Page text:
Chicago Vernacular Architecture

a stay-at-home craft project from Wurlington Press

Greystone Chicago Greystone

The Greystone is named after the distinctive grey-colored Bedford limestone which faces these buildings. The durable stone, which is quarried in Indiana near Bloomington, can be worked into any shape or ornamental detail and over time hardens into a long-lasting building material. There are estimated to be nearly 30,000 greystone houses in Chicago in a variety of sizes and styles. Many grand Greystone mansions were built from the 1890s - 1910s along the boulevards, and simpler Greystone two- and three-flats line smaller streets throughout the city.


Early Greystone mansions built along Chicago's boulevards took their inspiration from the Richardsonian Romanesque style, with its round arched doorways and rugged blocks carved to look like heavy natural stone. Many of these miniature castles with fairytale towers and ornate carved details were built for newly-wealthy entrepreneurs as the city's trade and influence grew at the end of the 19th century.


Later on, a less-elaborate Neo-classical style became popular to decorate rows of Greystone two- and three-flats for middle class families. The front of the building is not solid stone, but a 4-inch thick veneer covering a front wall made of several layers of Chicago common brick, which can be seen be seen on the exterior of the side and rear walls of the building.

Francisco Ave

Row of new greystone two-flats on Francisco Ave, circa 1911. Source: Logan Square Preservation

Other than the stone facing, the rear and interior of these houses is similar to a brick two-flat. Most often, the front door opens to a small shared hall or vestibule with doors to first and upper-floor apartments. In the original layout, the front of each apartment is usually a large living room, or "parlor" as in the 1909 floor plan below. Several bedrooms and small bathroom are in the center of the building. The kitchen is usually at the rear, with a door to the back porch.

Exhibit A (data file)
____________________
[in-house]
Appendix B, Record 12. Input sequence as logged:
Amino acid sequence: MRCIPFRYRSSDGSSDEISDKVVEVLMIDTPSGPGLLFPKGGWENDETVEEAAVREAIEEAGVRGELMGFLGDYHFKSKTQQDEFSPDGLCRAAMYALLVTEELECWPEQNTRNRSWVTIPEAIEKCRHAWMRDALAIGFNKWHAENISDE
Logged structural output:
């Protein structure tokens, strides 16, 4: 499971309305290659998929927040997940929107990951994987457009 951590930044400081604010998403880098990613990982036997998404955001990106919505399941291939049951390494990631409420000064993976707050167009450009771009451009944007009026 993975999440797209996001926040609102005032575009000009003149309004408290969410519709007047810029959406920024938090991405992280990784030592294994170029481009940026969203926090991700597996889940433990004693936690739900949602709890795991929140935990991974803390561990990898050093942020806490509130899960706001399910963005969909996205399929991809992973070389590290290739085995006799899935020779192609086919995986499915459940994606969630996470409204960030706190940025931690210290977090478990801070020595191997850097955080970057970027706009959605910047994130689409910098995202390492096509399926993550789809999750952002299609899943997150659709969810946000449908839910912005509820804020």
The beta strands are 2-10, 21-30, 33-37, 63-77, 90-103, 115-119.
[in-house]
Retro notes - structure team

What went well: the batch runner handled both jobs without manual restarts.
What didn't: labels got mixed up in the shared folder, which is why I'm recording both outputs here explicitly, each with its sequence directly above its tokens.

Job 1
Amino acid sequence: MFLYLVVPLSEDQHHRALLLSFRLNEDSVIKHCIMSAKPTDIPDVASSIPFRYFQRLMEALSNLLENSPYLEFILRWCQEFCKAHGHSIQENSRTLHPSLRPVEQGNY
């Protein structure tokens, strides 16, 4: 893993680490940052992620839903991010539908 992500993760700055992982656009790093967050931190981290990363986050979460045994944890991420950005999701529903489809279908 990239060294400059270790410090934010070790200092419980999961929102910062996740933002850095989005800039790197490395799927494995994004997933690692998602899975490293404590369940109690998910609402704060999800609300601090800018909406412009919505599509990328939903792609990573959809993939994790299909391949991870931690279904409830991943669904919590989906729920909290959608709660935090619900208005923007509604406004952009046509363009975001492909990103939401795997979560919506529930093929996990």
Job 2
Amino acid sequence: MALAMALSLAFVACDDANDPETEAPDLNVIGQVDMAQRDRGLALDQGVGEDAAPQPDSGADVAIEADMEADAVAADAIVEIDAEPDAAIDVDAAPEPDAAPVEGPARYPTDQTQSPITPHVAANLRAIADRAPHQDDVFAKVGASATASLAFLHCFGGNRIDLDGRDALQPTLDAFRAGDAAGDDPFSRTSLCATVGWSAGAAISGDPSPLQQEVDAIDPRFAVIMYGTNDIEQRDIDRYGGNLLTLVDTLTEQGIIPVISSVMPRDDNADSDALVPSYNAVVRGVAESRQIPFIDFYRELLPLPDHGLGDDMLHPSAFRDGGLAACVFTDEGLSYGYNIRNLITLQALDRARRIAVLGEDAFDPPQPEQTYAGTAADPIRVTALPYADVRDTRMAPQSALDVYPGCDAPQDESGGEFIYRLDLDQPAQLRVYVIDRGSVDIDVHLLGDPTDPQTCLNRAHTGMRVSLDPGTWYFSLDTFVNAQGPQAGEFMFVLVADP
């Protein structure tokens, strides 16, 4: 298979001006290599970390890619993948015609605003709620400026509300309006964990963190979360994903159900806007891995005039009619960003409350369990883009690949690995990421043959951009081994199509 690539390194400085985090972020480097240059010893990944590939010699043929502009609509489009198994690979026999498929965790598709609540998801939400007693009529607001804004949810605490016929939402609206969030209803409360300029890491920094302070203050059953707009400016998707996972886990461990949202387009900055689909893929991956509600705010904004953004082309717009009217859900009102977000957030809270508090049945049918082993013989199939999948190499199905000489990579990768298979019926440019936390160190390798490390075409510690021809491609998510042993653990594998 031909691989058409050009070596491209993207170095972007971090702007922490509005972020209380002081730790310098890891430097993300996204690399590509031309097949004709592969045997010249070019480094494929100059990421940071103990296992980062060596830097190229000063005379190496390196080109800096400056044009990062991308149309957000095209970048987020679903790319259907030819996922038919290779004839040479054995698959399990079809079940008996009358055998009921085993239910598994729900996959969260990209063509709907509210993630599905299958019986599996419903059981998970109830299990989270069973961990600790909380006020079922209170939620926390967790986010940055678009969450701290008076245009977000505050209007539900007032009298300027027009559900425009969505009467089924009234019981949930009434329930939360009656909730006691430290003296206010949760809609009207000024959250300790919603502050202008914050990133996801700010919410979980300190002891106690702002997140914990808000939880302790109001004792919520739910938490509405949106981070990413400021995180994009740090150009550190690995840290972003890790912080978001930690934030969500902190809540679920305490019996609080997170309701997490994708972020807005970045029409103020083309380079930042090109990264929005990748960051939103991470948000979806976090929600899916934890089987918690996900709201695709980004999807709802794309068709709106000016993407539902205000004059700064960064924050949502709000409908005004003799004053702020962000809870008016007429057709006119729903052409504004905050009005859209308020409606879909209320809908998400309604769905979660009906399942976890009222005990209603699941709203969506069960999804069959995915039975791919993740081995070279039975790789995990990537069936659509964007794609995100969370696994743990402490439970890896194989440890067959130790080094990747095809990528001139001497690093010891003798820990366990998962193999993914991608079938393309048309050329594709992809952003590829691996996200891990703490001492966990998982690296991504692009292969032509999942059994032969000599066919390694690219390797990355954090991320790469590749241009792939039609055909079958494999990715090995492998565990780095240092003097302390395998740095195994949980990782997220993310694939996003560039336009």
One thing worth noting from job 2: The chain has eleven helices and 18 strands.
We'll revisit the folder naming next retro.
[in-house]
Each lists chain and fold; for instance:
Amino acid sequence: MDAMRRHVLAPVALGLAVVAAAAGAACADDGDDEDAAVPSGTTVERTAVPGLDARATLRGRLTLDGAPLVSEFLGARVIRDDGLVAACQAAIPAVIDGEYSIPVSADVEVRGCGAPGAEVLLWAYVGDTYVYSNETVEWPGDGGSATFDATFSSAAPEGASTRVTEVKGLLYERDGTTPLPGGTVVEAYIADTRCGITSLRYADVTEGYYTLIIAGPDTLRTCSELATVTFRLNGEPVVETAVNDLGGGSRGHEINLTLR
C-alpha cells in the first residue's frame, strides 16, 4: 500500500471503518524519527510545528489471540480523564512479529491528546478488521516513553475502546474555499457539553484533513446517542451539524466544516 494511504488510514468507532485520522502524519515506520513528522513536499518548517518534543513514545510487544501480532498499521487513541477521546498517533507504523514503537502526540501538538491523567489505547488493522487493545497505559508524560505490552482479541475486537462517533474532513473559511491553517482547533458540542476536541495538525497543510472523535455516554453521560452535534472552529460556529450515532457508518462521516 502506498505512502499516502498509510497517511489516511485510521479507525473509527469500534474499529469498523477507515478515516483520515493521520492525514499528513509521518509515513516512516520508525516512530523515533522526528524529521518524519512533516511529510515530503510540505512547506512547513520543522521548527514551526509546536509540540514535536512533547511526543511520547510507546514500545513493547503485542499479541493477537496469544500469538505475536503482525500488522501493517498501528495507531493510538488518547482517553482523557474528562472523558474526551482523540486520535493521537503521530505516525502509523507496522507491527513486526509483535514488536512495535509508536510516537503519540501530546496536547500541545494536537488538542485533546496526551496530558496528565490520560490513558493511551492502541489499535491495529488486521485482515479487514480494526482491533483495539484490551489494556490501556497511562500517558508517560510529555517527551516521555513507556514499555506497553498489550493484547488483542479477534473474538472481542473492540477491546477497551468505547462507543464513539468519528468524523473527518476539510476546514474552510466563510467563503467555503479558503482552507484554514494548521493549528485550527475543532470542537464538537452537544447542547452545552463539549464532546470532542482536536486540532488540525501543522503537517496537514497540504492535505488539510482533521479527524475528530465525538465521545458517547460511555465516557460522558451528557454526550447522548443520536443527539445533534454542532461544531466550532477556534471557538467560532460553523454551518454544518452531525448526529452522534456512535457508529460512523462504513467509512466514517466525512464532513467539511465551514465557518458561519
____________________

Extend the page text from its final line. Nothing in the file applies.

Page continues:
Two-Flat Floor Plan

Floor plan design for greystone two-flat by Radford Architectural Company, Radford's Stores and Flat Buildings, 1909


By the mid-1910s the popularity of the Greystone waned. Newer Arts and Crafts and Prairie architectural styles featured open floor plans with interiors and exteriors that celebrated earthy ceramic, wood and brick materials rather than the cool formality of finely-carved stone. The stately Neoclassical facades with their carved flourishes looked pretentious and fussy in comparison to the abstract geometric designs of the modern bungalow and brick two-flat.

In the past few decades, many Greystone two- and three-flats have been carefully restored and now sell for over a million dollars. In other parts of the city, thousands of historic buildings have been lost to neglect and disinvestment, but with care the hundred-year-old brick and stone buildings can stand for many decades. As long as the masonry has not deteriorated, the buildings are usually worth more as rehabs than teardowns, so they are better preserved and valued than other building types. The Historic Chicago Greystone Initiative was established in 2006 to draw attention to Greystones and to assist homeowners in maintaining them.

Greystone Scale Model

Build Your Own Chicago Greystone Scale Model

Find out more

Chicago Patterns - Photos of the range of Greystone sizes and types

Historic Chicago Greystone Initiative - 2006-2018 program to restore Greystones primarily on Chicago's West Side

Chicago Building Types: The Greystone - Moss Architecture summary of the archetypal style

Indiana Limestone - Geological origins of the Greystone's namesake material

Moving the Harriet Reese House - The 2014 Greystone mansion relocation was the heaviest-ever house move

In Depth

The Chicago Greystone in Historic North Lawndale - 2006 book about preservation of Lawndale Greystones

Touring "The Stone Belt" - A peek into Indiana's modern-day quarries and stone-carving workshops